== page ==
EastEnders has a rich history of tackling difficult issues and Linda's story is one of these. We worked closely with Rape Crisis and other experts in the field to tell this story which we hope will raise awareness of sexual assaults and the issues surrounding them. We were extremely mindful of the content of the episode and the timeslot of the programme and at no point were there any scenes of a graphic nature - in fact the attack on Linda was implied and never explicit. We took great care to signpost this storyline prior to transmission, both through on air continuity and publicity, and we ensured the episode was followed by contact information for the BBC Action Line which is able to direct callers to organisations which can offer further help and support.



Duh! I missed a bit!...

TV censors who were a bit slow to delete a 'fuck' from Monty Python Live forgiven by Ofcom.

Link Here7th October 2014

TV censors own up to missing a bit

Monty Python Live (Mostly) was a live broadcast of the final stage performance of the remaining members of Monty Python at London's O2 arena, on the classic comedy channel Gold.

Ofcom received two complaints about offensive language being used during the broadcast. Ofcom noted the following exchange around 19:24. It was part of a sketch involving Australian Bruce characters, where all the performers on stage wore the same khaki shirts, shorts and hats with corks hanging from them, and spoke with Australian accents.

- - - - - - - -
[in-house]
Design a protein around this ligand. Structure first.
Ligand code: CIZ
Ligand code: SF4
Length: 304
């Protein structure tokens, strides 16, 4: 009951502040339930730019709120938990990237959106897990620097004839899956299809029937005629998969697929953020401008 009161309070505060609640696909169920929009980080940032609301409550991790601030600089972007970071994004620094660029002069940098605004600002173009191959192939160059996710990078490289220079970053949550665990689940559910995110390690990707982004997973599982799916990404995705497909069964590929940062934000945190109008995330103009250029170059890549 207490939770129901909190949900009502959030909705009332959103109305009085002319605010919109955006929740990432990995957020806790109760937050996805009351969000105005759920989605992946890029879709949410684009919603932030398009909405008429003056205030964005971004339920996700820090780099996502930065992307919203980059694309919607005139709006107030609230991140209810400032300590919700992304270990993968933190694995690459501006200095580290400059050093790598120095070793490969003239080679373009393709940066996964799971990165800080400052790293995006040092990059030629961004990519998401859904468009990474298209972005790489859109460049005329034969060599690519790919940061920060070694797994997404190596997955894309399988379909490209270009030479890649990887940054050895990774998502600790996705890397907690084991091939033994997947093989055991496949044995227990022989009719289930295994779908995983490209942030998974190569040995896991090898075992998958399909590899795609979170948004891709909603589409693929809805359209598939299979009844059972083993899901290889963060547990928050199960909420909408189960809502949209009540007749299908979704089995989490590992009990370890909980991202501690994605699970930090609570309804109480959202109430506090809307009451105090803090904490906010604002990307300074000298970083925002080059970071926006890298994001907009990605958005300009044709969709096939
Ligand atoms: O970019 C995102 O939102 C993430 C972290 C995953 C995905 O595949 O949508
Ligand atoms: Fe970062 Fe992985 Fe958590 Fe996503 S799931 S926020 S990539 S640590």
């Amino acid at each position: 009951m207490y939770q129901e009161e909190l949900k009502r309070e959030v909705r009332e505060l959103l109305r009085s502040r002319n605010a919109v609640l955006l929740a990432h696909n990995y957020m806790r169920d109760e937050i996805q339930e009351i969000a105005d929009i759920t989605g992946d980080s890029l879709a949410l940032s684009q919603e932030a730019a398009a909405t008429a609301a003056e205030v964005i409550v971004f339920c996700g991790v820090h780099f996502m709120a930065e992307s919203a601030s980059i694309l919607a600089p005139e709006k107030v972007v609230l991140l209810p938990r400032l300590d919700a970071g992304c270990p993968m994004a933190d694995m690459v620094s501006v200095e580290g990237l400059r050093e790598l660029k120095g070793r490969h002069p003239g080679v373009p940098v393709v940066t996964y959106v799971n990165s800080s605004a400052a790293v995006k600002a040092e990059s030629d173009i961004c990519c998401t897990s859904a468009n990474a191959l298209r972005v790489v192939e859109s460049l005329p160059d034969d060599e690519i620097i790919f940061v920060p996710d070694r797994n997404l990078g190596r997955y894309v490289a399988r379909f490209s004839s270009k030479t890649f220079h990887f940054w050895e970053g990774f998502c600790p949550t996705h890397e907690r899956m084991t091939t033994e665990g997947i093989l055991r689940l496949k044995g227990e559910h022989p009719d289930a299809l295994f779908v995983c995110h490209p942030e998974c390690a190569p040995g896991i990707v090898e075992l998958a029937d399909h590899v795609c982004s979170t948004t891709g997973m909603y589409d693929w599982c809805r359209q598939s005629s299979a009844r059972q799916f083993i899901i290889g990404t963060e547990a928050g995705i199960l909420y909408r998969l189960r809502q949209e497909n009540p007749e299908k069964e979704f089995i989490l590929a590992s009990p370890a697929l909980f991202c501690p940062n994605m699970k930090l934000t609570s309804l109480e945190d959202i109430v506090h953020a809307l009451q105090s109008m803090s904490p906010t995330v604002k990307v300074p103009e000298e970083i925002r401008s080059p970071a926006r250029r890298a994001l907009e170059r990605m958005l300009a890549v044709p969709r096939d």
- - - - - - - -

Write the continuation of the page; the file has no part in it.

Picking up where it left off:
Eric Idle: Have we got anything? Punk Bruce, can you give us a hand?

Bruce character: [Off-screen] I can give him a hand here.

Eric Idle: Oi, oi, stop that Bruce. You, oi. [Produces a football referees' red card] Straight off, off. Go on. Off. Fuck off. [A loud bleep was then heard]

At 20:55, the presenter of the programme Dara O'Briain said the following:

One thing I must explain, viewers at home missed certain parts of the show. And this I have to explain, Gold would like to explain, was not their choice. In particular, it was these two later verses of the penis song, the second was about bottoms and the third about lady gardens, that's the most polite way I can put this. This is all regarded by Ofcom as being a little bit too much at 7:46 in the evening. Equally some bad language was bleeped. Gold obviously want to apologise for that, being the policy they have to make because of Ofcom. By the way, one naughty swearword, by the way, did slip through. So I apologise for that. And I want my face to indicate a level of professional sincerity as I read those words off the autocue. I cannot apologise enough.